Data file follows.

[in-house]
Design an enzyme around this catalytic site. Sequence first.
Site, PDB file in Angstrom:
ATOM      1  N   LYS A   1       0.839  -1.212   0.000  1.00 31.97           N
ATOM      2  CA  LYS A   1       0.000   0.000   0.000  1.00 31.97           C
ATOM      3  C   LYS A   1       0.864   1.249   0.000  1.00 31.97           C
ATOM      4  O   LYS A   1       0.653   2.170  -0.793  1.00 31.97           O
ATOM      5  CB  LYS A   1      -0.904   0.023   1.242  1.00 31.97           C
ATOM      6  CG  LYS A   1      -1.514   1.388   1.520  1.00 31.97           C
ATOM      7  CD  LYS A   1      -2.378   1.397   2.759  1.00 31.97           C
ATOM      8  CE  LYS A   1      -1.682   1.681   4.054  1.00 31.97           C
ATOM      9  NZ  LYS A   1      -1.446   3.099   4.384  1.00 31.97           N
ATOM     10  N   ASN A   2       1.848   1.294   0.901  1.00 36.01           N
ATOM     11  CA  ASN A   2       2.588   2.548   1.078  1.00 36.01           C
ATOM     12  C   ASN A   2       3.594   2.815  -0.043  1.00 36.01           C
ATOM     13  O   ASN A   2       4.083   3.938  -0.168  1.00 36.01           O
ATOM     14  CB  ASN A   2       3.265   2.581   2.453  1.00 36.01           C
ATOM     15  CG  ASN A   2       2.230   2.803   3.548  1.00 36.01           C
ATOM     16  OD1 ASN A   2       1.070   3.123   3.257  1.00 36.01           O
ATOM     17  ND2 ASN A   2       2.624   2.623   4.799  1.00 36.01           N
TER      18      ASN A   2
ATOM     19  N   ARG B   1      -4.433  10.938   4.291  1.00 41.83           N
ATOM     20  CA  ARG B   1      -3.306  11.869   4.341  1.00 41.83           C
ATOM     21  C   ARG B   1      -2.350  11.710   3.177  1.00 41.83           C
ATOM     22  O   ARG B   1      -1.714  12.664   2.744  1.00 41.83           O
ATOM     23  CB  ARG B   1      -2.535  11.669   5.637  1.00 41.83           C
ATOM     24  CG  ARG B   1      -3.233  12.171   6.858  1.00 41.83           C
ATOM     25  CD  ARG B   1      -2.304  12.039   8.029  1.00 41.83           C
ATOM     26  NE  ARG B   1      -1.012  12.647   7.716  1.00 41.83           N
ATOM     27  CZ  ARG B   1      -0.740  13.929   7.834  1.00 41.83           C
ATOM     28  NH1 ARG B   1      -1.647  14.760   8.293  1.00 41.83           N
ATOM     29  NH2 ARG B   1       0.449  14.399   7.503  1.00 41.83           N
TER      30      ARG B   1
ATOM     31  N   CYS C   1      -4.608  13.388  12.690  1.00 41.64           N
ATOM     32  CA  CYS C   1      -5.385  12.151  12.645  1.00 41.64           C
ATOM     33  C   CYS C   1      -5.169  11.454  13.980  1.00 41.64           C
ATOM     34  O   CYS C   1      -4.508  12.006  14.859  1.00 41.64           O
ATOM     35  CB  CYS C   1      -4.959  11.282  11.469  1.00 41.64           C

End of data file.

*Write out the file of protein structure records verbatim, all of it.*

[in-house]
Design an enzyme around this catalytic site. Sequence first.
Site, PDB file in Angstrom:
ATOM      1  N   LYS A   1       0.839  -1.212   0.000  1.00 31.97           N
ATOM      2  CA  LYS A   1       0.000   0.000   0.000  1.00 31.97           C
ATOM      3  C   LYS A   1       0.864   1.249   0.000  1.00 31.97           C
ATOM      4  O   LYS A   1       0.653   2.170  -0.793  1.00 31.97           O
ATOM      5  CB  LYS A   1      -0.904   0.023   1.242  1.00 31.97           C
ATOM      6  CG  LYS A   1      -1.514   1.388   1.520  1.00 31.97           C
ATOM      7  CD  LYS A   1      -2.378   1.397   2.759  1.00 31.97           C
ATOM      8  CE  LYS A   1      -1.682   1.681   4.054  1.00 31.97           C
ATOM      9  NZ  LYS A   1      -1.446   3.099   4.384  1.00 31.97           N
ATOM     10  N   ASN A   2       1.848   1.294   0.901  1.00 36.01           N
ATOM     11  CA  ASN A   2       2.588   2.548   1.078  1.00 36.01           C
ATOM     12  C   ASN A   2       3.594   2.815  -0.043  1.00 36.01           C
ATOM     13  O   ASN A   2       4.083   3.938  -0.168  1.00 36.01           O
ATOM     14  CB  ASN A   2       3.265   2.581   2.453  1.00 36.01           C
ATOM     15  CG  ASN A   2       2.230   2.803   3.548  1.00 36.01           C
ATOM     16  OD1 ASN A   2       1.070   3.123   3.257  1.00 36.01           O
ATOM     17  ND2 ASN A   2       2.624   2.623   4.799  1.00 36.01           N
TER      18      ASN A   2
ATOM     19  N   ARG B   1      -4.433  10.938   4.291  1.00 41.83           N
ATOM     20  CA  ARG B   1      -3.306  11.869   4.341  1.00 41.83           C
ATOM     21  C   ARG B   1      -2.350  11.710   3.177  1.00 41.83           C
ATOM     22  O   ARG B   1      -1.714  12.664   2.744  1.00 41.83           O
ATOM     23  CB  ARG B   1      -2.535  11.669   5.637  1.00 41.83           C
ATOM     24  CG  ARG B   1      -3.233  12.171   6.858  1.00 41.83           C
ATOM     25  CD  ARG B   1      -2.304  12.039   8.029  1.00 41.83           C
ATOM     26  NE  ARG B   1      -1.012  12.647   7.716  1.00 41.83           N
ATOM     27  CZ  ARG B   1      -0.740  13.929   7.834  1.00 41.83           C
ATOM     28  NH1 ARG B   1      -1.647  14.760   8.293  1.00 41.83           N
ATOM     29  NH2 ARG B   1       0.449  14.399   7.503  1.00 41.83           N
TER      30      ARG B   1
ATOM     31  N   CYS C   1      -4.608  13.388  12.690  1.00 41.64           N
ATOM     32  CA  CYS C   1      -5.385  12.151  12.645  1.00 41.64           C
ATOM     33  C   CYS C   1      -5.169  11.454  13.980  1.00 41.64           C
ATOM     34  O   CYS C   1      -4.508  12.006  14.859  1.00 41.64           O
ATOM     35  CB  CYS C   1      -4.959  11.282  11.469  1.00 41.64           C